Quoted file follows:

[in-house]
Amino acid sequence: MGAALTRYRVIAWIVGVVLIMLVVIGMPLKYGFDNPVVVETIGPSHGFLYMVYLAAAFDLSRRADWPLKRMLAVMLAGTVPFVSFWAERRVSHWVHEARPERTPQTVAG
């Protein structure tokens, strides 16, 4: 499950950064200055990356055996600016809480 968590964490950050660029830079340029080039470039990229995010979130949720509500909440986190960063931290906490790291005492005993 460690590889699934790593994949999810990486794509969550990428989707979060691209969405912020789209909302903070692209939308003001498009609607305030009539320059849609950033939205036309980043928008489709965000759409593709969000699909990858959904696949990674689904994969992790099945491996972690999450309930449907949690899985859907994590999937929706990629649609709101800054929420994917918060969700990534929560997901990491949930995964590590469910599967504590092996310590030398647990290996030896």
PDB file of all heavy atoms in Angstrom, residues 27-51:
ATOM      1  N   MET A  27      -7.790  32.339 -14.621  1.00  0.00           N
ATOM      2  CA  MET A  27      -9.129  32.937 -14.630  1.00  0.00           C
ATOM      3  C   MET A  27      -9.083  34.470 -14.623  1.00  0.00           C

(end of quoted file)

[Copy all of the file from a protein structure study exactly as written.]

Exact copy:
[in-house]
Amino acid sequence: MGAALTRYRVIAWIVGVVLIMLVVIGMPLKYGFDNPVVVETIGPSHGFLYMVYLAAAFDLSRRADWPLKRMLAVMLAGTVPFVSFWAERRVSHWVHEARPERTPQTVAG
């Protein structure tokens, strides 16, 4: 499950950064200055990356055996600016809480 968590964490950050660029830079340029080039470039990229995010979130949720509500909440986190960063931290906490790291005492005993 460690590889699934790593994949999810990486794509969550990428989707979060691209969405912020789209909302903070692209939308003001498009609607305030009539320059849609950033939205036309980043928008489709965000759409593709969000699909990858959904696949990674689904994969992790099945491996972690999450309930449907949690899985859907994590999937929706990629649609709101800054929420994917918060969700990534929560997901990491949930995964590590469910599967504590092996310590030398647990290996030896």
PDB file of all heavy atoms in Angstrom, residues 27-51:
ATOM      1  N   MET A  27      -7.790  32.339 -14.621  1.00  0.00           N
ATOM      2  CA  MET A  27      -9.129  32.937 -14.630  1.00  0.00           C
ATOM      3  C   MET A  27      -9.083  34.470 -14.623  1.00  0.00           C